Kim Criswell Chats About Her Hollywood Party at Covent Garden

News   Kim Criswell Chats About Her Hollywood Party at Covent Garden
Kim Criswell is starring with the Piccadilly Dance Orchestra at the Queen Elizabeth Hall on Feb. 13. Theatrenow met her at the Covent Garden Hotel.

Can you tell us something about Hollywood Party at the Queen Elizabeth Hall? "It's an evening of songs from the movie musicals, hence the title, and it'll be presented by Malcolm Laycock, who also presents BBC2's Big Band program, with me as the singer and the Piccadilly Dance Orchestra as the band. Ruth Leon is directing it."

Is this a change of direction for you? You're mainly thought of as a musicals star yourself, given your roles in Cats, Annie Get Your Gun, Dames at Sea, Side By Side By Sondheim... "I've been in a lot of musicals, certainly, but I've actually done a lot of concerts in recent years. It's something I enjoy very much, and in the ten years or so that I've lived in London, I've done a fair amount of them."

Are you going to wear a "period" outfit? "The songs and the styles that we cover range over several decades, focussed on the 20's, 30's and 40's, so I'll have something that looks fairly period in the sense of pre-war, without being too specific. It certainly won't be the sort of slinky number you'd wear for a cabaret evening, though."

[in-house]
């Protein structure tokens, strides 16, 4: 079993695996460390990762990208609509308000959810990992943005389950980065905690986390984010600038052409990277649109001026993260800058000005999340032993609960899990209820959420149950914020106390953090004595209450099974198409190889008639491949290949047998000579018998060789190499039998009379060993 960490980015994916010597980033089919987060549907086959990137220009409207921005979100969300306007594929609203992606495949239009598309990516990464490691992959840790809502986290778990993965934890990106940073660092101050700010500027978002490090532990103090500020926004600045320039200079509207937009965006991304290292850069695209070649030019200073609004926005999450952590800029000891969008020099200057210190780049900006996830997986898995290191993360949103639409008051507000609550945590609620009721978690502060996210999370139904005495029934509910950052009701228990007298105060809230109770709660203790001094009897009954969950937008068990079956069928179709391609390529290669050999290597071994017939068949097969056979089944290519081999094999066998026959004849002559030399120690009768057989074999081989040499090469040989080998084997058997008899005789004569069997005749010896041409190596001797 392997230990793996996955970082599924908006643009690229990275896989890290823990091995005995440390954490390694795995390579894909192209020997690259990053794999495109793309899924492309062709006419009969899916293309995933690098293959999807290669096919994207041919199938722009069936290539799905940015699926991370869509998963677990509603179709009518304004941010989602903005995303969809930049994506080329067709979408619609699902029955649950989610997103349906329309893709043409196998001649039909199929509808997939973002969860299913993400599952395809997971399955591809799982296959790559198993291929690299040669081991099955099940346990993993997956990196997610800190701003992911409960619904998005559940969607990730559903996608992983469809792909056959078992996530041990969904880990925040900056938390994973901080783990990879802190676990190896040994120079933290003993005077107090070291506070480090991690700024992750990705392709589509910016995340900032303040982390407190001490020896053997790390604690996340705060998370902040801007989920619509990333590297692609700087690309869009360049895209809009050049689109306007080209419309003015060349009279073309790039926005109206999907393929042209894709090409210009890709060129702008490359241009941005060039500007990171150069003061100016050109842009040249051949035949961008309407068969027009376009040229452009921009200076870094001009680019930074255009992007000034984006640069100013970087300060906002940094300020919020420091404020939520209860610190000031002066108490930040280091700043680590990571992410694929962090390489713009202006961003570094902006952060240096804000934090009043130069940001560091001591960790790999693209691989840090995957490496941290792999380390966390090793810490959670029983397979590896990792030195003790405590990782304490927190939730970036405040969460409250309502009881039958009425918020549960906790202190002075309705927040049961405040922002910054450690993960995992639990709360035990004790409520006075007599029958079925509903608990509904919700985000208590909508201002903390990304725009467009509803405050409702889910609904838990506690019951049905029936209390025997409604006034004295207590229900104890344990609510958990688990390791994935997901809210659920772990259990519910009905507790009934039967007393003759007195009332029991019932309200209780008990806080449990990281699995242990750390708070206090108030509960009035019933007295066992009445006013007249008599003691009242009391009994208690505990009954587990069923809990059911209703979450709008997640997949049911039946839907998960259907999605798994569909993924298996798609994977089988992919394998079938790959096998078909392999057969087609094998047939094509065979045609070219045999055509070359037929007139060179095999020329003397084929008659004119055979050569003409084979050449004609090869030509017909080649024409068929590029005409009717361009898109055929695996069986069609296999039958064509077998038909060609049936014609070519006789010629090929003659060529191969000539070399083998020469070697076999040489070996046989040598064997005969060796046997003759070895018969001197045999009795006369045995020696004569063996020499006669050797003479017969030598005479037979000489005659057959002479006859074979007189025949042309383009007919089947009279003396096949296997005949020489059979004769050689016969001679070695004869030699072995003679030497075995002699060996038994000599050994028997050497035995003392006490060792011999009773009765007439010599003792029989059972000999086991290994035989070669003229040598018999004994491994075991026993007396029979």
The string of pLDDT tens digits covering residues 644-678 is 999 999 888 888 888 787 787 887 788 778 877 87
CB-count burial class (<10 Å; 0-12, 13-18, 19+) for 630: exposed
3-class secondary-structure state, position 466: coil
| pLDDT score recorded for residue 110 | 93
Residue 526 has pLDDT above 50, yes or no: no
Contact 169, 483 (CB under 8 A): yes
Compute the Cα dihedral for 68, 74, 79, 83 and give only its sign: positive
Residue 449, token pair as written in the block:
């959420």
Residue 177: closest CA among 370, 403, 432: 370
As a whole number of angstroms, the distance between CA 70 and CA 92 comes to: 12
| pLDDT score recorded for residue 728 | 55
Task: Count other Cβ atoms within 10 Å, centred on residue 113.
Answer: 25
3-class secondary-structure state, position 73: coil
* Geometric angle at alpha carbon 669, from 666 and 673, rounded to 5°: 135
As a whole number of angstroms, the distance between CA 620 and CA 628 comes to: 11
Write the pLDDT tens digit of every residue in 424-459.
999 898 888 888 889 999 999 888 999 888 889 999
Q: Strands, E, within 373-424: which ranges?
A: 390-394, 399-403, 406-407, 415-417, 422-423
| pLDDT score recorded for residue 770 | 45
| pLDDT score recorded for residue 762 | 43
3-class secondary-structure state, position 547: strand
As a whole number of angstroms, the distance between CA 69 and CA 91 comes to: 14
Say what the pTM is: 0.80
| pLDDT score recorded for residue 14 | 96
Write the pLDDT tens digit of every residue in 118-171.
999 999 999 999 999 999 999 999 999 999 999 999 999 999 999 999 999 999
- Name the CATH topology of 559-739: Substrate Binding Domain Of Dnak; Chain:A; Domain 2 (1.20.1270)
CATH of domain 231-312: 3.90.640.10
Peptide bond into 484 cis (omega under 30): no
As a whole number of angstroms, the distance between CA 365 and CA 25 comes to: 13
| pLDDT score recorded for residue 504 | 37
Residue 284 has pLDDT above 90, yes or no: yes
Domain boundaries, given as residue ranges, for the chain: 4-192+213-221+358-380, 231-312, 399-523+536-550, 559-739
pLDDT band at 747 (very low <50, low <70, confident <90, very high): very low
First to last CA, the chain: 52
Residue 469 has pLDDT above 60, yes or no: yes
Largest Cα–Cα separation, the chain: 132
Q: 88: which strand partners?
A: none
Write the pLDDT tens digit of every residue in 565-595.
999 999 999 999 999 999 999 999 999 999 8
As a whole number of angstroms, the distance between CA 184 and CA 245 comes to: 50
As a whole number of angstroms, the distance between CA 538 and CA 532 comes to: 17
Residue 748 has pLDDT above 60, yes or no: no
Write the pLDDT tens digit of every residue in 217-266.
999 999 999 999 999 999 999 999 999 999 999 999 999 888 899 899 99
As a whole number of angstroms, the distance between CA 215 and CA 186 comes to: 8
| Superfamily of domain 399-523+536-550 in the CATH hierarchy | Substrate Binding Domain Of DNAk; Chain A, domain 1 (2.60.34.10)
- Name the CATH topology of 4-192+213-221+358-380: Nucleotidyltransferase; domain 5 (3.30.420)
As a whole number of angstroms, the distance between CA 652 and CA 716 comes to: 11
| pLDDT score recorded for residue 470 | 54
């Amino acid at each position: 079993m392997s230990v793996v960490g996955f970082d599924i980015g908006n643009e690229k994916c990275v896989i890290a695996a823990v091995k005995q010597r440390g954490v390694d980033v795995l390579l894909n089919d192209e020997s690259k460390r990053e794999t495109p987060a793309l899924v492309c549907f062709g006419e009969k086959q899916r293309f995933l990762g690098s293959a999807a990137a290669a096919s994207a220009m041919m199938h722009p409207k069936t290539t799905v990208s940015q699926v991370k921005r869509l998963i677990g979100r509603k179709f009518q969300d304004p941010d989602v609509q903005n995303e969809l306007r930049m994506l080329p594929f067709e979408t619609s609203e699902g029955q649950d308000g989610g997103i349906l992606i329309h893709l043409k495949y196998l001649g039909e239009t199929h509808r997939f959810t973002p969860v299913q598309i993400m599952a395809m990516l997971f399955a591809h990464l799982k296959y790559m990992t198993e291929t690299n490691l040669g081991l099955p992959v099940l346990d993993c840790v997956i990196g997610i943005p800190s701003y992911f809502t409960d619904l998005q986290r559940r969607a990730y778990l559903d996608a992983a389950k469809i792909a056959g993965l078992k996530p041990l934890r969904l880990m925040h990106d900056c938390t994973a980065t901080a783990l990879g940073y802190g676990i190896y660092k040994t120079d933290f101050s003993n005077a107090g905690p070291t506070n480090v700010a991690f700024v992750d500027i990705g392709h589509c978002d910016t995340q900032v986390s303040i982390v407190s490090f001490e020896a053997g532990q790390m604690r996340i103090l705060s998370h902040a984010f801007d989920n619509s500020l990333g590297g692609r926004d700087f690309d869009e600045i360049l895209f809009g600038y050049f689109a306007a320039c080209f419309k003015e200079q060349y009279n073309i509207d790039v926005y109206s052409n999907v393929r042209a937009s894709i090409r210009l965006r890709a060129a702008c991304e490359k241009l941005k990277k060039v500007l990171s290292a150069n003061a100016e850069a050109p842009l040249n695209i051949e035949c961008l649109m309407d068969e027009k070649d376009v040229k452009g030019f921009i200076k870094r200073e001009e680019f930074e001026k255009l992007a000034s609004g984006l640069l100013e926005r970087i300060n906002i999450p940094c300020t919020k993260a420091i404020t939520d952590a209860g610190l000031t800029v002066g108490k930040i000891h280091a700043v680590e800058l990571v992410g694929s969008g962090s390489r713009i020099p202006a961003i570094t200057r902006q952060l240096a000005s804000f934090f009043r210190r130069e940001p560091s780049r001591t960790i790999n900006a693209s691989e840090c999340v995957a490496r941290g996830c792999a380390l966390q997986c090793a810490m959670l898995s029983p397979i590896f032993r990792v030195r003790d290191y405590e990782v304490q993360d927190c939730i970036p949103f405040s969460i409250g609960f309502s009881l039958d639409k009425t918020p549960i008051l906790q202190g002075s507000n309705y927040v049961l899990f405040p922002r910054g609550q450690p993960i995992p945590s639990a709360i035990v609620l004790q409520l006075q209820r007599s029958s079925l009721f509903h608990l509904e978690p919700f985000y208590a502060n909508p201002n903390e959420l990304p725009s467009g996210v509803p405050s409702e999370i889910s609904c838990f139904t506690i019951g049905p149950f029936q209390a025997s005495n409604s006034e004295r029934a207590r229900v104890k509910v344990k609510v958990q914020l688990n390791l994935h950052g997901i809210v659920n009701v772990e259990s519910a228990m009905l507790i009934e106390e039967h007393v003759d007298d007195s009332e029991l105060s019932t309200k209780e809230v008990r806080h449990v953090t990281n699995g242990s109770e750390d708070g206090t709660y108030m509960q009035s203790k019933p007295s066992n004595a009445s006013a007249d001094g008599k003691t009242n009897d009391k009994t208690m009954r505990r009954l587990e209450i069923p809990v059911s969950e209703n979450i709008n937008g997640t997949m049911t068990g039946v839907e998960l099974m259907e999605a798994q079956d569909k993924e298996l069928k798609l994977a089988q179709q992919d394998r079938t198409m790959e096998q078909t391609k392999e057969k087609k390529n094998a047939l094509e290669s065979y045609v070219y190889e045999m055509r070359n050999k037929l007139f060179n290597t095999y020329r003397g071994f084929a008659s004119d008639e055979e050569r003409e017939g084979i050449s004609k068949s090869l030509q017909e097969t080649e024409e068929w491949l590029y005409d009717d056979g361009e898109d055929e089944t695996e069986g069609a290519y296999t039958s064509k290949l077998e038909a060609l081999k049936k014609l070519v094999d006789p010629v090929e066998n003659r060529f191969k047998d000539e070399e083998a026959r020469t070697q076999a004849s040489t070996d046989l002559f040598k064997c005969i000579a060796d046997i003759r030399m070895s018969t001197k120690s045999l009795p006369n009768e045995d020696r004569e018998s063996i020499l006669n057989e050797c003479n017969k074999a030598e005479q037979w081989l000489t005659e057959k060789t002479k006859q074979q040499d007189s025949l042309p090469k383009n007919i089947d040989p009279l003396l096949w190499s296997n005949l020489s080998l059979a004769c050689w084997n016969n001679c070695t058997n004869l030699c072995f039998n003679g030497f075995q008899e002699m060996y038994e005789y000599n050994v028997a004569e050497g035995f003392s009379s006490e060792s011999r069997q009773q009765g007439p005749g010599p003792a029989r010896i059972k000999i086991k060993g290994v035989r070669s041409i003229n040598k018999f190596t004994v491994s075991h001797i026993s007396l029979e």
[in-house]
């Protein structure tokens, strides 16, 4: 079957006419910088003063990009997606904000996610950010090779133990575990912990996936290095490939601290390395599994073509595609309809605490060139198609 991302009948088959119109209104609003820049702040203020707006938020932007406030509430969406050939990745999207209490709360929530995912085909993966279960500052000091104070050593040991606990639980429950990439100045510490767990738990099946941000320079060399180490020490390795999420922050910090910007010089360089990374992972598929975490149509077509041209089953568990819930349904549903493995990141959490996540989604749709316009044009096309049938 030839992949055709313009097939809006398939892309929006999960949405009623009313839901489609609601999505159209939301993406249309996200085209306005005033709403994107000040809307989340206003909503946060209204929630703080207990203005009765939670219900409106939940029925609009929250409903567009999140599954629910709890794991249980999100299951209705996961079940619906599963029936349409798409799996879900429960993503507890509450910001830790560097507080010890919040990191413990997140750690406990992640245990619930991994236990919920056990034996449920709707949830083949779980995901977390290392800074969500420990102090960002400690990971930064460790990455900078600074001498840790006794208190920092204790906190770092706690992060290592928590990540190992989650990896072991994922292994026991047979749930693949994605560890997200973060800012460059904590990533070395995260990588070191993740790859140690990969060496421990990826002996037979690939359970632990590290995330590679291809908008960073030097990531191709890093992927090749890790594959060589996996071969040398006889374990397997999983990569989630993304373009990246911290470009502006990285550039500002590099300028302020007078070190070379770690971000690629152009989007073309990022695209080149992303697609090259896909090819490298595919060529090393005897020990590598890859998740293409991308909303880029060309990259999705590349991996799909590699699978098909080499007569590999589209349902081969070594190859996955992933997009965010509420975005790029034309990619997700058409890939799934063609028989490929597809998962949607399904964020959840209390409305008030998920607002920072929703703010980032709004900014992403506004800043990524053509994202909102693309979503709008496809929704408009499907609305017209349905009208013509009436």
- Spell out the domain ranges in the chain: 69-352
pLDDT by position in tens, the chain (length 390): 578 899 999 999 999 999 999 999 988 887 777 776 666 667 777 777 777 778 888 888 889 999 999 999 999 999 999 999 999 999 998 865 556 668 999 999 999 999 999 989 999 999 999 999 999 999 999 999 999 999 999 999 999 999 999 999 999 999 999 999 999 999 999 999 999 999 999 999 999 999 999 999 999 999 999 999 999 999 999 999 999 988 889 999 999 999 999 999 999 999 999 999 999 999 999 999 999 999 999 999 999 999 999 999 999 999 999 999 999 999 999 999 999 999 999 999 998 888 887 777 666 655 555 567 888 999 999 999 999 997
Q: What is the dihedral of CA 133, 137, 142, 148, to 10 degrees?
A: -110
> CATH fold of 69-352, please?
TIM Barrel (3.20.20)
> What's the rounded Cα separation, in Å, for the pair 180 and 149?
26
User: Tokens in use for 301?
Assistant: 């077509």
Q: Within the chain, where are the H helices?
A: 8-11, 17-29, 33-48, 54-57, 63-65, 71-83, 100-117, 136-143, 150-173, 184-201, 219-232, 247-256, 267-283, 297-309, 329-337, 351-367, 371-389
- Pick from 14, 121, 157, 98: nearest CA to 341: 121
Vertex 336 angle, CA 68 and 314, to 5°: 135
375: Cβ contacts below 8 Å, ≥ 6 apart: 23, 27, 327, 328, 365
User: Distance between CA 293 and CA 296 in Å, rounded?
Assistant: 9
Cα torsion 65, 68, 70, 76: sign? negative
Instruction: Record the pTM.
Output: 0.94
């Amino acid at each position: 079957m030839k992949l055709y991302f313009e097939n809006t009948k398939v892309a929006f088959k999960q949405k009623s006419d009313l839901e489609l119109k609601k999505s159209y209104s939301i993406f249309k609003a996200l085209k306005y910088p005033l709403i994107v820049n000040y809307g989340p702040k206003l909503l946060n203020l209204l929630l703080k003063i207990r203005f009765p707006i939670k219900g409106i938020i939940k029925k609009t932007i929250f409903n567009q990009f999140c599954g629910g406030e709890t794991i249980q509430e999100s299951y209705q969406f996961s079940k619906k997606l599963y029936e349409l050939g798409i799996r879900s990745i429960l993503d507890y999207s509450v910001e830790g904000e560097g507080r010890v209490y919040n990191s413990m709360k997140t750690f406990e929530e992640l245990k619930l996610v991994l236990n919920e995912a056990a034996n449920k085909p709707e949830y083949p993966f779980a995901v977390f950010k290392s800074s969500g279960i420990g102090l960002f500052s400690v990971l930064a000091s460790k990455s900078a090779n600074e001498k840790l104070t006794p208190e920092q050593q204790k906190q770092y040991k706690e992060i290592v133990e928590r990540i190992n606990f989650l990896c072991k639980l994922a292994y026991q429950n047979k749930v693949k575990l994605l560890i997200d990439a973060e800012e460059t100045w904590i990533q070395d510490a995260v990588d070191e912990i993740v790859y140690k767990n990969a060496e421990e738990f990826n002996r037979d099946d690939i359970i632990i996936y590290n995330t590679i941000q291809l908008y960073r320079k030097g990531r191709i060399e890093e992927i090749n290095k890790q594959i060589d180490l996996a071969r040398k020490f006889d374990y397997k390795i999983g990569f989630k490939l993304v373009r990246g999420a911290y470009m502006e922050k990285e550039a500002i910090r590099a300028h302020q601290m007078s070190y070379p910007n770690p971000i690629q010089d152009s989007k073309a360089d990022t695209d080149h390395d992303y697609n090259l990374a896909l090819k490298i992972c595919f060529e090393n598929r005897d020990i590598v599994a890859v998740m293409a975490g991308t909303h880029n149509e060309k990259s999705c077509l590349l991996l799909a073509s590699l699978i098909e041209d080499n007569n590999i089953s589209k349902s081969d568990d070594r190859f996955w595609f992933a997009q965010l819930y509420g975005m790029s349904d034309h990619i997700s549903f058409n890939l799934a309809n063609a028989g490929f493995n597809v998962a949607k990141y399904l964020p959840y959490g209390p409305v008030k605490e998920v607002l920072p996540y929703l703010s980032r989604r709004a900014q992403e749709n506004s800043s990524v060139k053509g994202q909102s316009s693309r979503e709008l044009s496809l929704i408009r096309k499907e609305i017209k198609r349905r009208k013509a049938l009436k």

Speaking of cabaret, how do you find London as a cabaret city? "It isn't really! There's only Pizza on the Park. But that isn't a criticism of London, as such. I think there's really only one cabaret city, and that's New York.

"With cabaret, you need tables, you need champagne, you need to be able to eat as well. That sort of venue is hard to find, whereas with a concert, like Hollywood Party, you need a theatre or a concert hall, a band, and you're away!" Do you have to use different vocal techniques to sing songs from different decades? "The change in music from, say, 20's to 30's to 40's and on is really one of orchestration. Different times had different styles, which is why period songs are often done differently from the way they were originally intended to be performed.

"So it's not really a question of changing my voice. After all, Fred Astaire had the same singing voice through his career — it was the orchestration that changed. If I want to get a song right, then I listen to records from the time when they were first written and performed, and that gives me the key to how they should be sung."

Hollywood Party is a one-off event. Have you any longer-term projects lined up? A musical, for example? "Yes, there's something in the pipeline, in which — speaking of Fred Astaire — I'd appear alongside a very well-known dancer. And a sexier one than Fred! But I can't really say any more about that at the moment; other than that, he would be dancing and I would be singing — that's how our respective characters would communicate."

Can you give us a clue as to the songs you'll sing in Hollywood Party? "That should be a surprise, too! But "Lullaby of Broadway," "They Can't Take That Away From Me" and "Let's Face the Music and Dance" will be there among the other classics. Book a ticket and see!"

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